Nancy Pelosi is going about her business during this post-election period, apparently oblivious to the storm that’s raging among her caucus members.
In truth, it isn’t so much that there is much disagreement between radical Democrats and the “moderates.” The problem, as the moderates see it, is “messaging.” The radicals make Democratic proposals sound, well, radical. Centrist Democrats want a spoonful of sugar to help the medicine go down. They prefer to soft-pedal some of the more extreme rhetoric coming from the radicals while embracing the ideas. They don’t want to call it “government-run health care.” They want their health care plan to be “inclusive” and “affordable” and “fair.” Thus is their real intent hidden from the voter.
It worked in a lot of districts and failed in others. But one centrist Democrat had the audacity (or stupidity) to actually praise Donald Trump and says she won’t vote for Nancy Pelosi for speaker of the House. Rep.Elissa Slotkin of Michigan thinks it’s time to rein in the radicals and bring the party down to earth. Politico posted a long, revealing interview with the congresswoman.
“You know, the one thing I will say about Donald Trump,” Slotkin began, “he doesn’t talk down to anybody. He is who he is, but he doesn’t talk down to anyone. And I think that there is a certain voter out there because of that who identifies with him and appreciates him.”
Slotkin flipped a GOP seat in 2018 and was comfortably ahead in the polls on Election Day. But she ended up winning by half the margin she was projected to. She and other centrist Democrats believe there are lessons to be learned from Trump.
“It’s not just that he eats cheeseburgers at a big celebratory dinner. It’s not just that he does things that the common man can kind of appreciate. And it’s not even because he uses kind of simplistic language—he doesn’t use complicated, wonky language, the way a lot of Democrats do,” Slotkin said. “We sometimes make people feel like they aren’t conscientious enough. They aren’t thoughtful enough. They aren’t ‘woke’ enough. They aren’t smart enough or educated enough to just understand what’s good for them… It’s talking down to people. It’s alienating them. And there’s just certain voters who feel so distant from the political process—it’s not their life, it’s not their world. They hate it. They don’t like all that politics stuff. Trump speaks to them, because he includes them.”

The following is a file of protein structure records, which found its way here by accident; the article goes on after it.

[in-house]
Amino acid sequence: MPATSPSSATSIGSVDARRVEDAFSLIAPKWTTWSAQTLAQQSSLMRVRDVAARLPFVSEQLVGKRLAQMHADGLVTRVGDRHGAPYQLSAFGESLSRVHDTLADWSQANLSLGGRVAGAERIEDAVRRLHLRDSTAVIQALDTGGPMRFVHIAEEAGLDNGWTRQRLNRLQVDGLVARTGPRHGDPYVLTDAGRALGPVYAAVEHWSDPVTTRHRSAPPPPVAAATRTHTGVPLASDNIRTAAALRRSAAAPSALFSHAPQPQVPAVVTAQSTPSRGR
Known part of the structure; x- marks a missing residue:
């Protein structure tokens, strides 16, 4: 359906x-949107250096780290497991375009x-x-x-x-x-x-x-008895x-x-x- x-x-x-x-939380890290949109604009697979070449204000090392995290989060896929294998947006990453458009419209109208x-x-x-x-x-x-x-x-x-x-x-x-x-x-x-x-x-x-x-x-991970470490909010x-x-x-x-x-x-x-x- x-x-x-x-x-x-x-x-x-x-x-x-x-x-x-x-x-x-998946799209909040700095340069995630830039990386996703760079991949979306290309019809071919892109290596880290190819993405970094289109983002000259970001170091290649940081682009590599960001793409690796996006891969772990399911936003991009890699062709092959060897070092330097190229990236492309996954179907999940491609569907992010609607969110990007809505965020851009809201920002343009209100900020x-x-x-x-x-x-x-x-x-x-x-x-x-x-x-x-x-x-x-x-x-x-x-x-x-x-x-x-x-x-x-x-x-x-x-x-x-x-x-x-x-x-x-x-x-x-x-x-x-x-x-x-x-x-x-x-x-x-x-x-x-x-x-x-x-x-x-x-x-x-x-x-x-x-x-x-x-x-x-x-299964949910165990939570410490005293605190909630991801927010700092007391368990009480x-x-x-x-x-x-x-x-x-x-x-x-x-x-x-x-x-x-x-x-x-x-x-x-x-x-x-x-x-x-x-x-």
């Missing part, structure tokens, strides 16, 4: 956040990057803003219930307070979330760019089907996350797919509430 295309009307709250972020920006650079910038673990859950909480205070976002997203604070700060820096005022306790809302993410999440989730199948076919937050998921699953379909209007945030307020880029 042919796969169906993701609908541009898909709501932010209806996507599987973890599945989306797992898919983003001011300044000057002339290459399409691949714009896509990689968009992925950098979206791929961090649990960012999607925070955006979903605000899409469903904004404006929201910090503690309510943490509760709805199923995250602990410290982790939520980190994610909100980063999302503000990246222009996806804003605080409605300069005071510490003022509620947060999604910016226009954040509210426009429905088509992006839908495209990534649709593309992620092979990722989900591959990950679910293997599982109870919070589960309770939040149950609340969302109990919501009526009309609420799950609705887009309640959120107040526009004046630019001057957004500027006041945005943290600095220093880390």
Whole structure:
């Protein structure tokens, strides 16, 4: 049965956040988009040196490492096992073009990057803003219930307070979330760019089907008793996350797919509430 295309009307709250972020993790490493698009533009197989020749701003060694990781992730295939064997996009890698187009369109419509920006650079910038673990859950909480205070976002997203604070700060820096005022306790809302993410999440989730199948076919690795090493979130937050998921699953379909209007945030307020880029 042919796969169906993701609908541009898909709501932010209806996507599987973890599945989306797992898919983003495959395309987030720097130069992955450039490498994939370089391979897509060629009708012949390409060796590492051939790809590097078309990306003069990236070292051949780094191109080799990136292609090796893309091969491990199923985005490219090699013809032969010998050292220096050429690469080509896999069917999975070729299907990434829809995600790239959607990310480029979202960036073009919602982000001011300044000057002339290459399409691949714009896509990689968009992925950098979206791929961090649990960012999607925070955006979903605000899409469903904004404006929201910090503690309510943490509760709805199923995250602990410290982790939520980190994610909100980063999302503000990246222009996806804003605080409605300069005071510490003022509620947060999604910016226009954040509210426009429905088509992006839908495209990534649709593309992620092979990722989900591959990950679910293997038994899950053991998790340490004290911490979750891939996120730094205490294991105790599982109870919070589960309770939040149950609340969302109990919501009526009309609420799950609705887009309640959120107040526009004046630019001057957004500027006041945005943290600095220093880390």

All of that is true and helps explain some of Trump’s appeal that coastal elites and pollsters have yet to discover. And for all the talk about Democratic “inclusiveness,” she believes that there are barriers set up by the party for many of those who supported Trump.
It has long been perceived that Democrats, in the post-9/11 era, are the party of inclusion and big-tent politics. But Slotkin has begun to question that notion. She fears that Democrats have created a barrier to entry, largely along cultural lines, that makes the party fundamentally unwelcoming to anyone with supposedly retrograde views of the world around them. This is not merely about race and racism. The schisms go far deeper, to matters of faith and conscience, economic freedom and individual liberty. Indeed, for the heavy losses Trump sustained among affluent college-educated whites, he nearly won a second term because of his gains with Black and brown voters. That these Americans were willing to support Trump, often in spite of his rhetoric, reveals an uncomfortable truth for the left. There are millions of voters—working-class whites and working-class minorities—whose stances on social controversies put them out of touch with the Democratic Party. It’s a truth they might be willing to overlook, if only the party could do the same.
What Slotkin is saying is that there are now two Americas. And people in Donald Trump’s America aren’t welcome in today’s Democratic Party. Whether it’s because they are anti-abortion, anti-gay marriage or even just can’t stand political correctness and its many variations that liberals believe makes them “racists,” the bottom line is that people of conscience and faith, and those who realize the value of economic and personal freedom, have no place in Joe Biden’s Democratic Party.